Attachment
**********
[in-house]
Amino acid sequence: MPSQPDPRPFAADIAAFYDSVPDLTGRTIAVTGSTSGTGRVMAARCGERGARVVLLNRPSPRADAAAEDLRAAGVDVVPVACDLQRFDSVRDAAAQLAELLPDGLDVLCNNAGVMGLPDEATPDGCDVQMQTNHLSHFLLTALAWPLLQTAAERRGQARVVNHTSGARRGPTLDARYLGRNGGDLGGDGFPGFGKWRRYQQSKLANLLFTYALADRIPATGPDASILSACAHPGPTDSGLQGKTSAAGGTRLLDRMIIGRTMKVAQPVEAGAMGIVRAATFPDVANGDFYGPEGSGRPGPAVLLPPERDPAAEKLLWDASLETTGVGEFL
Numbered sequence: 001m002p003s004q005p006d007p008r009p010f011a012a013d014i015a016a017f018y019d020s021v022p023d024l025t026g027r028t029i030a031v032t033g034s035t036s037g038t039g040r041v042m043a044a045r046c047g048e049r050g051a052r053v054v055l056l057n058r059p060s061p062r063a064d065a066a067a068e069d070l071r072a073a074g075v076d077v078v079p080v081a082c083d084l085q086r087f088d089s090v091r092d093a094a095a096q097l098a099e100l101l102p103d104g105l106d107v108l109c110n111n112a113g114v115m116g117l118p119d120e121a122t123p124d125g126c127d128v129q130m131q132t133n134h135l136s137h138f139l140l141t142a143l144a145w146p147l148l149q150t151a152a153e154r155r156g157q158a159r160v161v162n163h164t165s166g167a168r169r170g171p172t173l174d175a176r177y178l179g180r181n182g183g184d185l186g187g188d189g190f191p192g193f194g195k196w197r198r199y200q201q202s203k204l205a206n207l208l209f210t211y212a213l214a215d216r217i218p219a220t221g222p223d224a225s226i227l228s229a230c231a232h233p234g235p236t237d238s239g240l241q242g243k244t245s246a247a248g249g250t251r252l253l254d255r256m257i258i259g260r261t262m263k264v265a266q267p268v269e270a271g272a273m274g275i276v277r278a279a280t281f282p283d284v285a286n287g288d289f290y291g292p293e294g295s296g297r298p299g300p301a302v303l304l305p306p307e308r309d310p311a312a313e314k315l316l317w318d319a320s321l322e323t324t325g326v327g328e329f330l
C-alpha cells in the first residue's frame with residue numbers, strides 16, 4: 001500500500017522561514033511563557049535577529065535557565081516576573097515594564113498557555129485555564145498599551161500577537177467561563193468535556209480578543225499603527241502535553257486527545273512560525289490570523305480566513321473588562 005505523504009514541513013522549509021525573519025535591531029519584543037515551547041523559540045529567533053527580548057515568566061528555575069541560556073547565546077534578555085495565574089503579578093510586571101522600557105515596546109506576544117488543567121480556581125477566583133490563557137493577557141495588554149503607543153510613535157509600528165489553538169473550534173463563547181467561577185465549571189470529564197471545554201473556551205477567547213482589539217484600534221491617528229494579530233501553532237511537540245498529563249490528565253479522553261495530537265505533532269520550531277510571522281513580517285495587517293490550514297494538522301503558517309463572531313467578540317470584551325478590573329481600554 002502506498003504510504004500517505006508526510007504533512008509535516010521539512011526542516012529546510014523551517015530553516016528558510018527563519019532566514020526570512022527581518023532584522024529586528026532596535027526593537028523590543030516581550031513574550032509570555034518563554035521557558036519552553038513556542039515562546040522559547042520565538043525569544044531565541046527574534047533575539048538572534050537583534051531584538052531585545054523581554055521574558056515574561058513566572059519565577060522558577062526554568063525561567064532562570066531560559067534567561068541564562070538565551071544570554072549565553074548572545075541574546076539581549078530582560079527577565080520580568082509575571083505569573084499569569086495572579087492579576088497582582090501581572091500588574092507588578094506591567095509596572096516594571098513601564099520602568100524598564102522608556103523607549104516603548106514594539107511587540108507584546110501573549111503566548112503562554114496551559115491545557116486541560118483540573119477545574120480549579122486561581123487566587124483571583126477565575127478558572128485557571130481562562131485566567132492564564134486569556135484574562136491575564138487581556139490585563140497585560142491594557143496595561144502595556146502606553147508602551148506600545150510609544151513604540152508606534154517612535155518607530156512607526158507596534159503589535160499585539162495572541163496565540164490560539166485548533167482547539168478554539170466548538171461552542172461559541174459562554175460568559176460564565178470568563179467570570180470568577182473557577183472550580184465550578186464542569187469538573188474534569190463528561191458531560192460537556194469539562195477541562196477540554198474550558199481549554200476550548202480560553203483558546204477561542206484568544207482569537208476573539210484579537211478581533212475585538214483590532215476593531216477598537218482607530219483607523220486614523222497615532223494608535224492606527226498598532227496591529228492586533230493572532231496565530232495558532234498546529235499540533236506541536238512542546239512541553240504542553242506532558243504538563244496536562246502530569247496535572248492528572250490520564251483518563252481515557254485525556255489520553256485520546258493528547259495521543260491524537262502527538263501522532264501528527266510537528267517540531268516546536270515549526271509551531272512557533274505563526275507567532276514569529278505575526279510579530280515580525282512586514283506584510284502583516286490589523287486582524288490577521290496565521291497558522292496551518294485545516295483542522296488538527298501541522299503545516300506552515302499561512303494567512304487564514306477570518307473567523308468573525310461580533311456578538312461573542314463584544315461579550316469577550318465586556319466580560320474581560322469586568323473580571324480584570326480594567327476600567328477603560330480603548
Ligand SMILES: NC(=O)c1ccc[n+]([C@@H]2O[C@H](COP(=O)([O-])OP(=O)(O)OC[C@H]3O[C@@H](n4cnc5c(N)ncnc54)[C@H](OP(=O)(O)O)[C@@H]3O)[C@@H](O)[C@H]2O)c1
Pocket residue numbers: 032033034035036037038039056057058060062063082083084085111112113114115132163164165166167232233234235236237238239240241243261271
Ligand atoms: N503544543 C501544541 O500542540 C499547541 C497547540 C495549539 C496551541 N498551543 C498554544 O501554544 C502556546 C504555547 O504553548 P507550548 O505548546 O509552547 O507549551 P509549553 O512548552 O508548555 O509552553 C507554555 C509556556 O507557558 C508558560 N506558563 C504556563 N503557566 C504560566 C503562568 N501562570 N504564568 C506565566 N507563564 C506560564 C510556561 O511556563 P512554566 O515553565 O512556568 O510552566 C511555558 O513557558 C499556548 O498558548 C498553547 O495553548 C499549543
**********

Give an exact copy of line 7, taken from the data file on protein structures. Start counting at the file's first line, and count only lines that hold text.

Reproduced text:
Ligand atoms: N503544543 C501544541 O500542540 C499547541 C497547540 C495549539 C496551541 N498551543 C498554544 O501554544 C502556546 C504555547 O504553548 P507550548 O505548546 O509552547 O507549551 P509549553 O512548552 O508548555 O509552553 C507554555 C509556556 O507557558 C508558560 N506558563 C504556563 N503557566 C504560566 C503562568 N501562570 N504564568 C506565566 N507563564 C506560564 C510556561 O511556563 P512554566 O515553565 O512556568 O510552566 C511555558 O513557558 C499556548 O498558548 C498553547 O495553548 C499549543